• Sustained-release solid lipid nanoparticles (SLNs),
    • Functional polymers: ethylcellulose, chitosan, HPMC K100, PVA,
    • Obtained by nanoprecipitation method
    Pantoprazole + Aceclofenac In vitro
    In vivo (rats)
    • Sustained-release nanofibers,
    • Functional polymers: zein, Eudragit S 100,
    • Obtained by single nozzle electrospinning
    Lansoprazole In vitro
    • Sustained-release nanoparticles,
    • Functional polymers: Eudragit RS 100,
    • Obtained by oil-in-water emulsion-solvent evaporation method
    In vitro
    • Controlled-release nanosponges,
    • Functional polymers: ethylcellulose, PVA,
    • Obtained by emulsion solvent diffusion method
    In vitro
    • Immediate-release niosomes,
    • Obtained by reverse phase evaporation method
    In vitro
    • Nanosuspensions composed of β-cyclodextrin-API complexes or β -cyclodextrin-API nanosponges,
    • Obtained by physical method or polymer condensation method respectively
    Lansoprazole + curcumin In vitro
    • Bioactive solid self-nanoemulsifying drug delivery systems (Bio-SSNEDDS),
    • Functional excipients: black seed oil, Zanthoxylum rhetsa oil,
    • Obtained by emulsification method
    Esomeprazole In vitro
    Ex vivo permeability study
    In vivo PK and PD studies (rats)
    • Proniosomes,
    • Functional excipients: maltodextrin (carrier), cholesterol,
    • Obtained by slurry method
    Microparticles Omeprazole In vitro
    In vivo PK study (rabbits)
    • β-cyclodextrin-API complexes encapsulated with antacids in gelatine capsule,
    • Functional excipients: NaHCO3, Na2CO3, MgO, Mg(OH)2,
    • Obtained by saturated aqueous solution method
    In vitro
    • Microcapsules composed of Lactobacillus acidophilus surface layer protein,
    • Functional excipients: ATCC 4356 S-layer protein
    In vitro
    • Complexes of latex particles with API,
    • Functional polymers: Aquateric (cellulose acetophthalate latex),
    • Obtained by adsorption method
    In vitro
    • Immediate-release microparticles,
    • Functional polymers: Kollicoat IR, hydroxypropyl-β-cyclodextrin,
    • Obtained by spray-drying or freeze-drying
    In vitro
    • Gastro-resistant microparticles,
    • Functional polymers: Eudragit S 100, hydroxypropyl-β-cyclodextrin (carrier),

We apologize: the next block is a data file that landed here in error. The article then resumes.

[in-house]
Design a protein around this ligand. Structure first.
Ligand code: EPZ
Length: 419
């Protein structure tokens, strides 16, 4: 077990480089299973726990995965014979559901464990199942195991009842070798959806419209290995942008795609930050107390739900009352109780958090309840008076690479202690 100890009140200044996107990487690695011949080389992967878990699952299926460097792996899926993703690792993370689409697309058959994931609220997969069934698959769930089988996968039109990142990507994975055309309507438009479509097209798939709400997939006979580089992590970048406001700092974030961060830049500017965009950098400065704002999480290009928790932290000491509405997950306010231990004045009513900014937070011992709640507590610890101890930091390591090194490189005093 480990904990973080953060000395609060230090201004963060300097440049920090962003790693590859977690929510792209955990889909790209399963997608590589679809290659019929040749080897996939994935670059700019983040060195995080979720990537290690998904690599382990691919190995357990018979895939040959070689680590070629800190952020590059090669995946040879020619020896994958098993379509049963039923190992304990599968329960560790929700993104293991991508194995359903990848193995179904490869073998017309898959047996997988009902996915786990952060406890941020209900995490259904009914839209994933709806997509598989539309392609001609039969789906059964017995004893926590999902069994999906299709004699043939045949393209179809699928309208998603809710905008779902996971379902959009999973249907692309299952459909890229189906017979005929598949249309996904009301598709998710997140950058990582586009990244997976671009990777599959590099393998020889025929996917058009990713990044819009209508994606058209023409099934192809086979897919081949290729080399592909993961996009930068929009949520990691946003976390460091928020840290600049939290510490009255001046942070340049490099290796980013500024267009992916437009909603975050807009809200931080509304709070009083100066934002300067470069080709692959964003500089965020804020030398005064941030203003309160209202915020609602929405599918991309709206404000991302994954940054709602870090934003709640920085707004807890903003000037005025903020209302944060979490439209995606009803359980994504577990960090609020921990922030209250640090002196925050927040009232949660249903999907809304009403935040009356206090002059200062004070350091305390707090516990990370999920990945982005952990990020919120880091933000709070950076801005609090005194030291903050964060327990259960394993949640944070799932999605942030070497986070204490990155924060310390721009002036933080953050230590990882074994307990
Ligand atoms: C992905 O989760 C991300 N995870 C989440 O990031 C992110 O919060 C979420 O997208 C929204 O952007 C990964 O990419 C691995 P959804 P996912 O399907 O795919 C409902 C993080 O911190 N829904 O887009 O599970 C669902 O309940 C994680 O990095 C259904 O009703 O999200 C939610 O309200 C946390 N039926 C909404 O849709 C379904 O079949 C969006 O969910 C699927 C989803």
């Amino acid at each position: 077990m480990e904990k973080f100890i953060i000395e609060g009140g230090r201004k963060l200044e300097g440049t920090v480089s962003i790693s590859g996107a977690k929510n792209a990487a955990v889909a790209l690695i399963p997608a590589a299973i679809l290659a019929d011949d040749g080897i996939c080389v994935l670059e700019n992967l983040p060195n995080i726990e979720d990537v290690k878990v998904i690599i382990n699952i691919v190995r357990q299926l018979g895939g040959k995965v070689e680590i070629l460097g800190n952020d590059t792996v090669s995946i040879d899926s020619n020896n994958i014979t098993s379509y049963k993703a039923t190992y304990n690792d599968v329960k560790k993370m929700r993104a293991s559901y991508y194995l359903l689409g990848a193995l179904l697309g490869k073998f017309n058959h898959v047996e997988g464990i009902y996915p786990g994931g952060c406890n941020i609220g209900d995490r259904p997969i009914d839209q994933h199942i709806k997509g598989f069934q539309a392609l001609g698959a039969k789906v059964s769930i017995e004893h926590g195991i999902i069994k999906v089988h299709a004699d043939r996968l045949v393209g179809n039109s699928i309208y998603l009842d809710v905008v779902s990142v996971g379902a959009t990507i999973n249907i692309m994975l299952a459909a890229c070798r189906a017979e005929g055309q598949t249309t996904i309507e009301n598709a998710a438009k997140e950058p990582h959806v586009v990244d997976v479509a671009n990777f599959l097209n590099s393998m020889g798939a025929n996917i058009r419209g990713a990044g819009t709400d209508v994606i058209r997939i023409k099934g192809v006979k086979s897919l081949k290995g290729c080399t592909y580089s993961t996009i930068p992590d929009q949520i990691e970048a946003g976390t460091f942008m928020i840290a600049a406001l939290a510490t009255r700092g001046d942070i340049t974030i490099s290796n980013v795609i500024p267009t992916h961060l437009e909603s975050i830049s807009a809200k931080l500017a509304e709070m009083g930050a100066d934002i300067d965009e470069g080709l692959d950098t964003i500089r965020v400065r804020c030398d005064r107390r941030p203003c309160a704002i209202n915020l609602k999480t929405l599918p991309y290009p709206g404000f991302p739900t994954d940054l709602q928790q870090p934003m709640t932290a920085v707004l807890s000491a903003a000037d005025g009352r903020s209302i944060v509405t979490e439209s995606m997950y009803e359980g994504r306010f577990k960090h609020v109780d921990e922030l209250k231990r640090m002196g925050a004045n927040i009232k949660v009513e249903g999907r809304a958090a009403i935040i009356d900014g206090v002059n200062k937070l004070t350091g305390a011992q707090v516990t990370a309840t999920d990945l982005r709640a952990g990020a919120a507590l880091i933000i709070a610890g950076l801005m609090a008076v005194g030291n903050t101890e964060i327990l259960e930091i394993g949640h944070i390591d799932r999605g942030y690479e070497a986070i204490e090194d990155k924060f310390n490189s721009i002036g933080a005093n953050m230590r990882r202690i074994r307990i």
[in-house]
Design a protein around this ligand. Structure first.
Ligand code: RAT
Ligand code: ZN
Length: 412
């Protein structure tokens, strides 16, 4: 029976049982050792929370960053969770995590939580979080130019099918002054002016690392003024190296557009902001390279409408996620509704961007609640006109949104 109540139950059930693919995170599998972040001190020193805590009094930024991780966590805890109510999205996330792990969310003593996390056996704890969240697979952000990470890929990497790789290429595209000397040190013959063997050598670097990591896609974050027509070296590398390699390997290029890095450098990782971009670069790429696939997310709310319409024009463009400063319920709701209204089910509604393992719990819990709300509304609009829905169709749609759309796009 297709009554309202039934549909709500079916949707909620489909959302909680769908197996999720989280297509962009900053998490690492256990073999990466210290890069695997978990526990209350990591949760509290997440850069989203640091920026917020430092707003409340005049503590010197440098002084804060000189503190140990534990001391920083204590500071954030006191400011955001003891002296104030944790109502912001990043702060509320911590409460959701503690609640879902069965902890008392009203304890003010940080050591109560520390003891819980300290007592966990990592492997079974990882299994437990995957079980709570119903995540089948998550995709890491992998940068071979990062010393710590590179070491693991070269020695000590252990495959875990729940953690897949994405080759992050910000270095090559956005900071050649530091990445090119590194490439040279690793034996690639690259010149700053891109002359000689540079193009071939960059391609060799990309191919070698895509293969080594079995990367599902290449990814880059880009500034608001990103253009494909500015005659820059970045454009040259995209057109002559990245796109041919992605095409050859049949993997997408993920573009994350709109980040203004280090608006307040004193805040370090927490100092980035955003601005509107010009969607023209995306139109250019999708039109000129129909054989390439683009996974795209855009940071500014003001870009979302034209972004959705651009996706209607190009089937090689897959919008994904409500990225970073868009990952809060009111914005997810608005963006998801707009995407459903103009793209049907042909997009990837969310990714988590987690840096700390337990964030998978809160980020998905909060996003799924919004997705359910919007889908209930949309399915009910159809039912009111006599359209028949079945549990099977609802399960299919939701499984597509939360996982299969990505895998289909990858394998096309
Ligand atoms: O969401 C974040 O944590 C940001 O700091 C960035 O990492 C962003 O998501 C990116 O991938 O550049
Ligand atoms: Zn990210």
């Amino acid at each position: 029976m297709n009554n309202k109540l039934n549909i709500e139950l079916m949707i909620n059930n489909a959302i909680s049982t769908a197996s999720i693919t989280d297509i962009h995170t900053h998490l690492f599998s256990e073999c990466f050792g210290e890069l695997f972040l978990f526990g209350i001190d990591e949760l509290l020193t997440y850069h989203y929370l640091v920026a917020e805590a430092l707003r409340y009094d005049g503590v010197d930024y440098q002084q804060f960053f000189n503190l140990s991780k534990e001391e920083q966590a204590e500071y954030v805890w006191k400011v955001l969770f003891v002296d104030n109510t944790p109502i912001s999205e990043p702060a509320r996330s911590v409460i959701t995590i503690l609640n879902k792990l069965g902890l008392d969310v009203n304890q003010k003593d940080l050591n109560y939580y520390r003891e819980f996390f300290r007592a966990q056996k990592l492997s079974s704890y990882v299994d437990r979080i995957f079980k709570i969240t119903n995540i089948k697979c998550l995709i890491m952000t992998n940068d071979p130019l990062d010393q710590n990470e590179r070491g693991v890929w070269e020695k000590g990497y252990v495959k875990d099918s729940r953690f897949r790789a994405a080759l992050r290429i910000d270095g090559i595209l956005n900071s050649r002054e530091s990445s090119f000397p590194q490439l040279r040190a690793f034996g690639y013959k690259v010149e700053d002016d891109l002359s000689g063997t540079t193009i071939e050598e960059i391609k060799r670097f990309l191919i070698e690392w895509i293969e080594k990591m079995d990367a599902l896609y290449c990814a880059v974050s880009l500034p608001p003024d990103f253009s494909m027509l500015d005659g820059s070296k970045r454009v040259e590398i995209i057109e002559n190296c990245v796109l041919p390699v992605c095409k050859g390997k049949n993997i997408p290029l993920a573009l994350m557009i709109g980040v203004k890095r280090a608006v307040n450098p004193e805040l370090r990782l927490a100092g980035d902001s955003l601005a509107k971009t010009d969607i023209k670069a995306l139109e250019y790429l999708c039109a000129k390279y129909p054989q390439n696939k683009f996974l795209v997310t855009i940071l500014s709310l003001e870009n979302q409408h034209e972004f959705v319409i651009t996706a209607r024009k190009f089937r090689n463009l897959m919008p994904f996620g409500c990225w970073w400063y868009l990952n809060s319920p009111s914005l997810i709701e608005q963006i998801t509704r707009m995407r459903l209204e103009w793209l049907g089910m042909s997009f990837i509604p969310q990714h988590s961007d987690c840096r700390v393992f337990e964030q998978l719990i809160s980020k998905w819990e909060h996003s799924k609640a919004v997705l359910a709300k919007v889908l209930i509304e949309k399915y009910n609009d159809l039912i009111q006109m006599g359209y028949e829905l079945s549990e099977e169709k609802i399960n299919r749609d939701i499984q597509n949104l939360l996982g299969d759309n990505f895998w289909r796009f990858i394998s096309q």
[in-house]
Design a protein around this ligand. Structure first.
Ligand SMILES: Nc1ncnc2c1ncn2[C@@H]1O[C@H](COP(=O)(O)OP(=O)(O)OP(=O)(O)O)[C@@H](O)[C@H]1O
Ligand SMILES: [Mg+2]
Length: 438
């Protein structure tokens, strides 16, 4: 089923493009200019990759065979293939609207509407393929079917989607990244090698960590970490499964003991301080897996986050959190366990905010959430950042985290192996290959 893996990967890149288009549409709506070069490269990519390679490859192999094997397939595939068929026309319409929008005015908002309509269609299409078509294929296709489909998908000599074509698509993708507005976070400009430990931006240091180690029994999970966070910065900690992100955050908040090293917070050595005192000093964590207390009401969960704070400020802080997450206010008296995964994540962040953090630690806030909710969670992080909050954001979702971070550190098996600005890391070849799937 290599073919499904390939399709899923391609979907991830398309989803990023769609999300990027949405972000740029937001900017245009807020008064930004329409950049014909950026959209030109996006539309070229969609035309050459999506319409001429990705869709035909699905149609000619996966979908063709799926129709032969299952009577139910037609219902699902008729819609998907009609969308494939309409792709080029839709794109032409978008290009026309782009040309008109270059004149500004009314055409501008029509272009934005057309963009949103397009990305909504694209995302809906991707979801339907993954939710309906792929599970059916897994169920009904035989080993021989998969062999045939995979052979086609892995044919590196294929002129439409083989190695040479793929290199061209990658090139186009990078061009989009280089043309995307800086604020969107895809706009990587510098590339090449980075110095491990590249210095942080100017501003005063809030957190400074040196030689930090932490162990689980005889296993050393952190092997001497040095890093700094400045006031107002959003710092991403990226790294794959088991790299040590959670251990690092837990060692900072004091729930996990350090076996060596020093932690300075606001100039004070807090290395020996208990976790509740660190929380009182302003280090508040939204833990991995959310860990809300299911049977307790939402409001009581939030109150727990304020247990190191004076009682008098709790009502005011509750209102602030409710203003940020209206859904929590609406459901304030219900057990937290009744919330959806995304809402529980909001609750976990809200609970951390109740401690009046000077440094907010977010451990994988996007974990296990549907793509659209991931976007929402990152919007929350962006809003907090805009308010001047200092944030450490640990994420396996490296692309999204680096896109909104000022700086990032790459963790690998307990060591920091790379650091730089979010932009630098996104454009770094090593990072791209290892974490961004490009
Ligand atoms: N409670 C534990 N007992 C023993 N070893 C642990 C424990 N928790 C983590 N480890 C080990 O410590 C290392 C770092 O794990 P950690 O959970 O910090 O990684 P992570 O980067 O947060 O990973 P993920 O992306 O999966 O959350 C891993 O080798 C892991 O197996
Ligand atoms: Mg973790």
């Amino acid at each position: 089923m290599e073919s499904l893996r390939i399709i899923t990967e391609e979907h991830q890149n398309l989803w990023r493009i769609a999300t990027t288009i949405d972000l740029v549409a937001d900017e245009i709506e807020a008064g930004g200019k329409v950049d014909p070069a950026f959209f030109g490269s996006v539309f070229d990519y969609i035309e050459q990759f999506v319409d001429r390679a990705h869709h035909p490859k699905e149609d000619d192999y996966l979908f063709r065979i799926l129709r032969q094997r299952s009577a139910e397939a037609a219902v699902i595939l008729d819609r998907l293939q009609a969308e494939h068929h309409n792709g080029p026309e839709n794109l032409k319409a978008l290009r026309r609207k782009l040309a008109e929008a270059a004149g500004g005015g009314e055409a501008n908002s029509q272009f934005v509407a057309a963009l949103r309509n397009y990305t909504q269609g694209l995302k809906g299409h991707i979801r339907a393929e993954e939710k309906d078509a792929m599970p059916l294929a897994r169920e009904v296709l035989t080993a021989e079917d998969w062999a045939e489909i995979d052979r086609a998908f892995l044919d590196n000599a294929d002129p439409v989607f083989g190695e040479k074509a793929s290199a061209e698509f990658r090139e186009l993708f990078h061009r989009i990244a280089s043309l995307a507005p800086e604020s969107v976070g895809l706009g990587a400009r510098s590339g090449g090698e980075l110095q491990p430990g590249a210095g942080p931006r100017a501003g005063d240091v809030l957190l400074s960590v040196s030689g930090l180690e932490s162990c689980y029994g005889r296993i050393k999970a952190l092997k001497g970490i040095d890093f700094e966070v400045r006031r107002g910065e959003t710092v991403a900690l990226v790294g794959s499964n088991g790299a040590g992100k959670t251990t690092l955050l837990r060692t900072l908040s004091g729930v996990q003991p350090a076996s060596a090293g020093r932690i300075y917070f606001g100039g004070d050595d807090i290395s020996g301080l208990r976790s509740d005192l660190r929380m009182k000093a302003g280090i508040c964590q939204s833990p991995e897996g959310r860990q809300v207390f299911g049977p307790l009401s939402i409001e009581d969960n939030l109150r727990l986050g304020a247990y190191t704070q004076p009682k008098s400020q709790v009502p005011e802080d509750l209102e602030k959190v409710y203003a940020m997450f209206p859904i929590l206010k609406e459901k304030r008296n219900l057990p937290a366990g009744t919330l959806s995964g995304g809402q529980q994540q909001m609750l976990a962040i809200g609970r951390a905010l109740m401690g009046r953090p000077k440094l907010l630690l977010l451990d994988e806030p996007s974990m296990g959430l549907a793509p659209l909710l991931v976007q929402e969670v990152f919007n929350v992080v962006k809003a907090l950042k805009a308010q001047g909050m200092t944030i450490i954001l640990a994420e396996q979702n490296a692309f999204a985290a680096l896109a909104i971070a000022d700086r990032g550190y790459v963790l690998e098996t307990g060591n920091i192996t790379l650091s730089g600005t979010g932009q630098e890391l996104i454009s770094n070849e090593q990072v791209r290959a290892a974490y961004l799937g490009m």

• Obtained by spray-drying or emulsification method
    Omeprazole + piperine In vivo PK and bioavailability studies (rabbits)
    • Gastroretentive microspheres,
    • Functional polymers: ethylcellulose, HPMC
    • Obtained by emulsification-solvent evaporation method
    Omeprazole + clarithromycin In vitro
    • Sustained-release mucoadhesive microspheres,
    • Functional polymers: HPMC K4M/K100M, Carbopol 971p
    • Obtained by non-aqueous emulsification-solvent evaporation method
    Pantoprazole In vitro
    • Gastro-resistant microparticles with improved photostability,
    • Functional polymers: Eudragit S 100,
    • Obtained by solvent evaporation method
    In vitro
    • Microparticles with improved photostability,
    • Functional polymers: Eudragit S 100, poly(e-caprolactone), HPMC,
    • Obtained by emulsification- solvent evaporation method or spray-drying
    In vitro
    • Gastro-resistant microparticles,
    • Functional polymers: Eudragit S 100, HPMCP (HP–55),
    • Obtained by emulsion-solvent evaporation method
    In vitro
    • Sustained-release floating microspheres,
    • Functional polymers: Eudragit S 100, HPMC K100M,
    • Obtained by non-aqueous solvent evaporation method
    In vitro
    • Double-walled sustained-release microspheres,
    • Functional polymers: HPMC, sodium alginate (1st layer), Eudragit RS 100 (2nd layer),
    • Obtained by emulsification- solvent evaporation method
    In vitro
    • Sustained-release microsponges,
    • Functional polymers: Eudragit RS 100,
    • Obtained by quasi-emulsion solvent diffusion method
    In vitro
    In vivo antiulcer activity (rats)
    • Enteric-coated, controlled-release microparticles,
    • Functional polymers: Eudragit S 100, poly(ε-caprolactone),
    • Obtained by solvent evaporation method
    In vitro
    In vivo antiulcer activity (rats)
    • Gastro-resistant microparticles,
    • Functional polymers: Eudragit S 100,
    • Obtained by O/O emulsification- solvent evaporation method
    In vitro
    In vivo antiulcer activity (rats)
    • Floating microballons,
    • Functional polymers: Eudragit L 100, Eudragit RS 100,
    • Obtained by emulsion solvent diffusion method
    In vitro
    In vivo antiulcer activity (rats)
    • Gastro-resistant, controlled-release microparticles,
    • Functional polymers: Eudragit S 100, Methocel F4M
    • Obtained by spray-drying
    In vitro
    • Gastro-resistant microparticles (agglomerates),
    • Functional polymers: Eudragit S 100, Methocel F4M,
    • Obtained by spray-drying
    In vitro
    • Gastro-resistant microparticles,
    • Functional polymers: Eudragit S 100,